“There is a Charlotte that you do not know exists … but, I have also experienced things that would make your heart swell like you wouldn’t believe.” – Glenda Bernhardt, Freedom School Partners

This summer was not exactly what Glenda Bernhardt had in mind.

Standing in a parking lot in the sweltering heat, she hands educational supplies and other basic resources to families in need at a drive-thru pop-up site at the Baha’i Center in Grier Heights. Everyone is sweating and not just because of the beating sun.

Bernhardt is the still relatively new Chief Executive Officer for Freedom School Partners, a Charlotte-based nonprofit organization that promotes the long-term success of children by preventing summer learning loss through igniting a passion for reading and inspiring a love of learning. Having taken on the role this January, she’d hoped to spend this summer observing the organization’s Freedom Schools first hand.

Instead, COVID-19 forced a complete reimagining of how their programming would be deployed which required a shift to digital engagement at a time when learning disparities are expected to widen.

“By the end of third grade, lower-income children are typically two years behind in reading and math, due in large part to summer learning loss,” Bernhardt said. “Now, just imagine how the disruption of this pandemic is impacting children in our hardest-hit neighborhoods.”



The daughter of a retired Rabbi and retired psychologist, Bernhardt’s social justice roots run deep.

Her first professional role after graduating from Ohio Wesleyan University was as Jewish Student Life Coordinator at Hillel at Washington University in St. Louis. Relocating to a racially-charged city provided a unique perspective that informed the arc of her career.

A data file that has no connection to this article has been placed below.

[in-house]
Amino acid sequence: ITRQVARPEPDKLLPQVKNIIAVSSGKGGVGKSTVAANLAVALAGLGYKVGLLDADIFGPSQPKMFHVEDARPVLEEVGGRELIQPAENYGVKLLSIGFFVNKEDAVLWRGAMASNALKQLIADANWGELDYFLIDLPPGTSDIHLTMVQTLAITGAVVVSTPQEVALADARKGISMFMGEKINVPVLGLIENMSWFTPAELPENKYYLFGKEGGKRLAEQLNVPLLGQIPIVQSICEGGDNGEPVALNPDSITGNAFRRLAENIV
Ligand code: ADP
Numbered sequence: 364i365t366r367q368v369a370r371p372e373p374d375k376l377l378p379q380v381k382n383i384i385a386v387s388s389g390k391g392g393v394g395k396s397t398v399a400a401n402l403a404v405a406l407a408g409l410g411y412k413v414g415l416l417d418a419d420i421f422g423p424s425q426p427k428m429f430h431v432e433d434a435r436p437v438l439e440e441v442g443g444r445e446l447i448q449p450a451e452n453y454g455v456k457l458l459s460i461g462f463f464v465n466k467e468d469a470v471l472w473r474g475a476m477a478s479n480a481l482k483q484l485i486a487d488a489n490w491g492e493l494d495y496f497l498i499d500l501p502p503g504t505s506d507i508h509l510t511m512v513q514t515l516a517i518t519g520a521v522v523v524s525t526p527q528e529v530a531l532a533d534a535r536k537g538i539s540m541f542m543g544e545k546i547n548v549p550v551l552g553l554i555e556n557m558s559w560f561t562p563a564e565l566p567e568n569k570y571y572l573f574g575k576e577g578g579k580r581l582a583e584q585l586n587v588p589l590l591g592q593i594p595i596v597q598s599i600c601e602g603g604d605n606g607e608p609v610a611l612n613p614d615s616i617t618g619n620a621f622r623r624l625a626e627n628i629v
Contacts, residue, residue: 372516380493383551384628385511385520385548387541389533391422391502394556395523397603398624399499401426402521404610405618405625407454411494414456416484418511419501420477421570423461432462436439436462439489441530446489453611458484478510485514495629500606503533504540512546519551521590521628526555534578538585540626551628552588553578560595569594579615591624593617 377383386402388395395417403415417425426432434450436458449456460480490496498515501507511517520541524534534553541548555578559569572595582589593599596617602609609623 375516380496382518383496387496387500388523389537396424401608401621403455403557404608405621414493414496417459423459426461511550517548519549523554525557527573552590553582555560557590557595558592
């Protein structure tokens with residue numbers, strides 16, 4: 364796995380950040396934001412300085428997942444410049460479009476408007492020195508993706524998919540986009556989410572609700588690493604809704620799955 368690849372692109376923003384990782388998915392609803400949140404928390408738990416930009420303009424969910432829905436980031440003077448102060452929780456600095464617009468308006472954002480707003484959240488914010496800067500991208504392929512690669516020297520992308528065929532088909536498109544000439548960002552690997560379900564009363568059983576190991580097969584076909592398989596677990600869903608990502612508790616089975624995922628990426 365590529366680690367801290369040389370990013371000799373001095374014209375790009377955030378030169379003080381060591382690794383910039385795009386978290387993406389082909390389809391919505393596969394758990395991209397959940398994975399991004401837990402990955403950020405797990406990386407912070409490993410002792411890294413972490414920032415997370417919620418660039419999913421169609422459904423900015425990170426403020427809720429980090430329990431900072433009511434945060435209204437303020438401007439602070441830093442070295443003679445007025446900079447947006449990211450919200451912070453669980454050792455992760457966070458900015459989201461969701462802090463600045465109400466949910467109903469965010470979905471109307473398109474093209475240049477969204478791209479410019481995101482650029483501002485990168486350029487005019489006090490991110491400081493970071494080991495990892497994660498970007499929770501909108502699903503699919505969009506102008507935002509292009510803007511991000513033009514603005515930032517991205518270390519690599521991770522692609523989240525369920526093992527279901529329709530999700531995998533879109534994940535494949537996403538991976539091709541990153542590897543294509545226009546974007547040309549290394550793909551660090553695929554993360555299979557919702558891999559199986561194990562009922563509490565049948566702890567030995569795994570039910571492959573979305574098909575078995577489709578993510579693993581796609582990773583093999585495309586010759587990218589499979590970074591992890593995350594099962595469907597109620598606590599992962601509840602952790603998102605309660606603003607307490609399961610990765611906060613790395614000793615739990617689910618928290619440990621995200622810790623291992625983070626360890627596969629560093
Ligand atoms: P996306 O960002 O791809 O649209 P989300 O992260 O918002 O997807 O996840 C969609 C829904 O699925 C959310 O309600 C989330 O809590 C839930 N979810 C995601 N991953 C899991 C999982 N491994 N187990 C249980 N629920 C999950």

“I very much had in mind that my life’s work would be focused on building Jewish community through campus work,” Bernhardt noted. “I had the opportunity to co-facilitate a dialogue group for Black women and Jewish women, and that exposed me to another lens on the subject of justice.”

She notes that three Jewish guiding principles have informed the path that has led her to her current role, and the first of these is Tzedek.


“Tzedek is the Hebrew word for charity, but the literal translation is justice,” Bernhardt said. “This guides the underlying reasons for giving to charity – to pursue justice.”

After stops in collegiate administration roles in College Park, Maryland and Richmond, Virginia, Bernhardt relocated with her husband to Charlotte in 2009 just as the Great Recession was setting in.

The job market at the time necessitated a career change that brought her into fundraising and nonprofit administration. Roles in fundraising for the Junior League of Charlotte and Teen Health Connection eventually led to a nearly five-year stint as Executive Director at Temple Israel.

It was at Temple Israel that she encountered Freedom School Partners first-hand. Shalom Park hosts one of the organization’s many Freedom School sites. When she saw the CEO job listing for the organization in fall of 2019, she felt called to apply.



Freedom Schools are a signature program of the Children’s Defense Fund, a nonprofit founded by civil rights icon Marian Wright Edelman and based in Washington, DC. Organizations like Freedom School Partners sponsor the program in local communities and deploy the model at 181 program sites in nearly 100 cities across the country.